The film was shot on a relatively low budget and saved money by making extensive use of product placement, securing free goods and services from Jaguar Cars, BUPA, the Royal Park Hotel, Margaret Howell and the West Cornwall Pasty Company. As a result, it was the subject of a case study at the Encounters Film Festival during the panel discussion Brands and Filmmakers: "in essence [Daniel Cormack] just smiled sweetly, asked for favors as he went along, and got them" although using genuine expensive brands ran into problems "when he found himself pondering the use of real diamonds rather than fakes" before realising that the "hundreds of thousands of pounds worth" of jewellery would have to be insured and that costume jewellery would easily suffice. Nonetheless, as Anthony Head noted: "Amelia and Michael was a learning curve for director and producers and by the time we finished they had made really good use of the facilities they managed to blag. I love it when something feels that vibrant and that close to the root of things, when it hasn't got a lot of money thrown at it, and it's edgy."
Both Anthony Head and Daniel Cormack remarked on how supportive the crew were of their debut director during filming. Head commented: "once he got into the groove and realised how supportive his crew were, he got into it and he was great, really good." Cormack later told the BECTU journal Stage, Screen and Radio: "I made the film as a total novice whose only experience of film production was from reading books and whose only qualification to be a director was a love of film. Luckily I had a very talented and experienced crew around me and Amelia and Michael was a great success".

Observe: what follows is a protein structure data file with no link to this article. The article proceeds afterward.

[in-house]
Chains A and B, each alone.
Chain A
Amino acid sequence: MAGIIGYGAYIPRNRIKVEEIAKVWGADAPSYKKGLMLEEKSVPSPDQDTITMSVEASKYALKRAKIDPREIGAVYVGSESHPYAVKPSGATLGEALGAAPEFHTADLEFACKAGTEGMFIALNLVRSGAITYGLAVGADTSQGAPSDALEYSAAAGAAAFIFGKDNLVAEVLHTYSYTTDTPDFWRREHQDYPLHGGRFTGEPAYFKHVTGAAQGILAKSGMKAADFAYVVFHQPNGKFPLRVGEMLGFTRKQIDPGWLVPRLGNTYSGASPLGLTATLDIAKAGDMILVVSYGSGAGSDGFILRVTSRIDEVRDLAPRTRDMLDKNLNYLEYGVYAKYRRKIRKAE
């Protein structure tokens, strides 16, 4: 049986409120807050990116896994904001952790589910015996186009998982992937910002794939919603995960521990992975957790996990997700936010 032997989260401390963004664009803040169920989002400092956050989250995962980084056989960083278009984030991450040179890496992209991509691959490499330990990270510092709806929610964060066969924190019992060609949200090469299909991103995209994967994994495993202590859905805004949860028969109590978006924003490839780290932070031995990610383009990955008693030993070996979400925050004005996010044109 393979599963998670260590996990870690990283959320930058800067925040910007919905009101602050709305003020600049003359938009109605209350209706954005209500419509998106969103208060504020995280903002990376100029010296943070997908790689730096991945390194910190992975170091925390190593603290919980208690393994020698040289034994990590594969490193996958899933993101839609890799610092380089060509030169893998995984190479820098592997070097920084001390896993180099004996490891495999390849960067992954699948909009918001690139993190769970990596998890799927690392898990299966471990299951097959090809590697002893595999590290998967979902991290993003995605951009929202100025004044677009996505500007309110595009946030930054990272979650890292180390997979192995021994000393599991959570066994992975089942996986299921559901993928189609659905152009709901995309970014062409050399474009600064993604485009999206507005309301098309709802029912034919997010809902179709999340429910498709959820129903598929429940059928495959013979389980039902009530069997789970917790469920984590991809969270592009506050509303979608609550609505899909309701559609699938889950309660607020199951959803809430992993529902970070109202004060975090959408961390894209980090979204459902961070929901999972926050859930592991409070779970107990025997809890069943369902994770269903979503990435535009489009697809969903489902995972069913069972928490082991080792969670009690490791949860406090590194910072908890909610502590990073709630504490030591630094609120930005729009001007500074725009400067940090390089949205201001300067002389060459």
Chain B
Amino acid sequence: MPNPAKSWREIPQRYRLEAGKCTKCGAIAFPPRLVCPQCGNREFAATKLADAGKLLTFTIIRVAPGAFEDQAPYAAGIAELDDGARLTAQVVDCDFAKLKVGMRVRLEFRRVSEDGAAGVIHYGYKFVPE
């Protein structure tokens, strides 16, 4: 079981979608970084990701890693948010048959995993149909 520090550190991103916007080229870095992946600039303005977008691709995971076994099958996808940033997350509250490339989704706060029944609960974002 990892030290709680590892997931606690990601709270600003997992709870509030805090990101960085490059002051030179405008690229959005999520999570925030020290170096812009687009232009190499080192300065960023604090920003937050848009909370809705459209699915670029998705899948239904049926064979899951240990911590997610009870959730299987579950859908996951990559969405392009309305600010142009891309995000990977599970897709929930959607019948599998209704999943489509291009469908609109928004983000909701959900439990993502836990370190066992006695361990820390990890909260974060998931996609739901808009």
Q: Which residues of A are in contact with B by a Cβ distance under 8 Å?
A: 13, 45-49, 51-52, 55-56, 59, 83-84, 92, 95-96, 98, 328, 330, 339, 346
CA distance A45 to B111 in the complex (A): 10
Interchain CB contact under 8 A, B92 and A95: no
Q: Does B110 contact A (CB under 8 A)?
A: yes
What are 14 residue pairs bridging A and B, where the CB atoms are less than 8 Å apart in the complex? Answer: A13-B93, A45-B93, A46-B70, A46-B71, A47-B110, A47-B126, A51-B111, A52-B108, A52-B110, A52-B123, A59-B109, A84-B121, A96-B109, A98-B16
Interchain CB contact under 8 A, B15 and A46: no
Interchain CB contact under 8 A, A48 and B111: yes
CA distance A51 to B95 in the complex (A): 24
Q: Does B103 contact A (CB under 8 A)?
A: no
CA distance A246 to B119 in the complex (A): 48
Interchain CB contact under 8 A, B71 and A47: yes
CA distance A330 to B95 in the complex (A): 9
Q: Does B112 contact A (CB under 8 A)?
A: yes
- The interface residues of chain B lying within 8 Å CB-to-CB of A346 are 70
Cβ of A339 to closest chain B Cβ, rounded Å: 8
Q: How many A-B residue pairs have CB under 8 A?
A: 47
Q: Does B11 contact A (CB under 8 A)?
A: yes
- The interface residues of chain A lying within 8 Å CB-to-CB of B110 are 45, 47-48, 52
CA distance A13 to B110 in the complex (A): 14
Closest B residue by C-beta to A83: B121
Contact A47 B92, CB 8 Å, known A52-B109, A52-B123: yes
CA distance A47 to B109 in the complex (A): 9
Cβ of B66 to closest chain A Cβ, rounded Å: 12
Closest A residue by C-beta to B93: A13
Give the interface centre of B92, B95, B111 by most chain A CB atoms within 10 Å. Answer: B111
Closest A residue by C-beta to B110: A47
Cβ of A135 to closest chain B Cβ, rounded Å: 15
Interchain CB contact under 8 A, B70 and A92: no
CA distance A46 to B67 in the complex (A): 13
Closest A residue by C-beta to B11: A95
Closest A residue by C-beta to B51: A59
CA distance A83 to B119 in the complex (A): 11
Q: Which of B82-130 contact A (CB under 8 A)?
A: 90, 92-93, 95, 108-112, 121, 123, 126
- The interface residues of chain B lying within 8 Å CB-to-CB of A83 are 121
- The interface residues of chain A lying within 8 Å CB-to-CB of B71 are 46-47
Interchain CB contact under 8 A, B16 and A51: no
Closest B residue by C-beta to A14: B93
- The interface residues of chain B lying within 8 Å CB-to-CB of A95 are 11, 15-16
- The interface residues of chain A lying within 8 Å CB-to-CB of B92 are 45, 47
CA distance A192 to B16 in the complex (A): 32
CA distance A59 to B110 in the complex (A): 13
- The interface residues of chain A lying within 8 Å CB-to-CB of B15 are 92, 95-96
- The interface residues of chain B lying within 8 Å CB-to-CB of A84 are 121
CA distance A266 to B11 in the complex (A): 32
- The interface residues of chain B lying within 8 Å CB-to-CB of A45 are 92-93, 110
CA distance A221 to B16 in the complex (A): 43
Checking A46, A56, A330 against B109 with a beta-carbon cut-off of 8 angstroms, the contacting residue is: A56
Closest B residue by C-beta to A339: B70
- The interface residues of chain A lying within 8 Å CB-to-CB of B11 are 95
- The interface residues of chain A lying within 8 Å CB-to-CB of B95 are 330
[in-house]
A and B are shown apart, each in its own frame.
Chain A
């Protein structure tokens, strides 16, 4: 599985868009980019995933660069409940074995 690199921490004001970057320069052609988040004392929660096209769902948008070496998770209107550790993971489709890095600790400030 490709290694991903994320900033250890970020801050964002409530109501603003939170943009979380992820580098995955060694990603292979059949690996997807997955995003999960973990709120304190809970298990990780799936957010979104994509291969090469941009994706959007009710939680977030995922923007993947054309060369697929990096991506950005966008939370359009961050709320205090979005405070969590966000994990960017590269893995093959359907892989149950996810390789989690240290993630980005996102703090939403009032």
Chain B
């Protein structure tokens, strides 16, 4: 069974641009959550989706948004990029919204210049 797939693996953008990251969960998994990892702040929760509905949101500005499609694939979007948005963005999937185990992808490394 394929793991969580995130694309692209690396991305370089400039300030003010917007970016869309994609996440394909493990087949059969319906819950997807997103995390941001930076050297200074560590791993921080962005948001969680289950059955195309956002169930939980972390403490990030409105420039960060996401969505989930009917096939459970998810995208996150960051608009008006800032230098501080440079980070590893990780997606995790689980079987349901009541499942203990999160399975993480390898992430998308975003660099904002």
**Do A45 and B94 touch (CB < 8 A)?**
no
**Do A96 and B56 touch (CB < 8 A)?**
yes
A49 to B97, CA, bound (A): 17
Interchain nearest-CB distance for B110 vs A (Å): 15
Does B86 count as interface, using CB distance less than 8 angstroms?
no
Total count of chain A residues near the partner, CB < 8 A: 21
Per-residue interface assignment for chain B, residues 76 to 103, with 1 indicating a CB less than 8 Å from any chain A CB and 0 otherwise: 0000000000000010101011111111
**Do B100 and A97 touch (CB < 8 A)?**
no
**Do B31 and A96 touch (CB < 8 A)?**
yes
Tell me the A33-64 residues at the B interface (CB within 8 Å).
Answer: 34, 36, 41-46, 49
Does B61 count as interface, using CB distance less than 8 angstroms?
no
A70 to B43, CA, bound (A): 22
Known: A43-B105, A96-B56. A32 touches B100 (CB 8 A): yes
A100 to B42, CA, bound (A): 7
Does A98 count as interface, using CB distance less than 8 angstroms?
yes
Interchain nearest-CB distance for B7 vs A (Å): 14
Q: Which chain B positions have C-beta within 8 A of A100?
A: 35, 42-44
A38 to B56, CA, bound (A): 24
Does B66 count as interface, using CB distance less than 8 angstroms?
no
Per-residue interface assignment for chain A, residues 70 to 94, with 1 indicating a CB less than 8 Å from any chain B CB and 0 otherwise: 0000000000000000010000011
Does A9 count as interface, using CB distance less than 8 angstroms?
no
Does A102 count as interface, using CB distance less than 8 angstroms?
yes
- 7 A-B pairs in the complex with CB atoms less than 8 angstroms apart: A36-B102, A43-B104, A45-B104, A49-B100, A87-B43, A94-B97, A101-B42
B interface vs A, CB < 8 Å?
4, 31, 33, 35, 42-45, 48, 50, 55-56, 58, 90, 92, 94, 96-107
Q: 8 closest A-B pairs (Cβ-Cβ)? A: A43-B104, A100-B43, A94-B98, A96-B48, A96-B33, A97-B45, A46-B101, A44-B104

Though shot in 2005, post-production was not completed until 2007. An unfinished version was shortlisted for the Akira Kurosawa Memorial Short Film Competition in 2006.
In addition to a short theatrical run before the feature presentations at the Broadway Theatre, Amelia and Michael screened on the festival circuit from its world premiere at the A-list Montréal World Film Festival in 2007 through to 2010.
In 2010, Amelia and Michael was broadcast on Channel 4 as part of "a series of short original films produced by a variety of talented writers and directors"; the first time in over 8 years that Channel 4 had acquired and broadcast independent short films.
Reviews focused on the acting, production values and pacing of the film, as well as its ambiguous ending. Jeff Shannon of The Seattle Times commented on the "fine acting and first rate production values." Hotdog remarked that "this short is beautifully shot, gently taking its time to unfold, and the presence of actors like stage and screen veteran Head really raises the bar a notch", concluding that "despite the sombre subject matter, there's a strange comfort to be found in the final minute of the film" and that "on this evidence, Cormack is a young director to watch." Paul Strange called the film "a delight" and "intriguing" and made it a drama 'Pick of the Day' on DigiGuide stating: "Nicely observed by director Daniel Cormack, both Powell and Head are super here, and the drama leaves you wanting a lot more, which is terrific. Highly recommended." Expanding on the theme of ambiguity and the indeterminate ending, Abigail Lelliot of Time Out London observed that "Anthony Head packs an emotional punch in this pacey drama" and that in spite of "some slightly cliched compositions...the direction succinctly navigates the twists of the plot to a gratifyingly ambiguous conclusion." In addition to noting the "great performances", "beautiful photography" and "real sense of cinema", Shooting People's Ben Blaine picked up on the film's European sensibility, reflecting that "it felt very European, like one of those films in which Daniel Auteuil and Juliette Binoche fall in love and break up, one of those films that somehow, as a rule, we can’t do in this country. With this well cast, well acted, well made film Daniel Cormack seems therefore to be breaking all the rules without breaking sweat or showing off."
Judi Dench, who supported the production of the film, described it as "beautiful" and said that its director was "destined for great things."
Amelia and Michael has a rating of 7.9 out of 10 from IMDb's top 1,000 voters.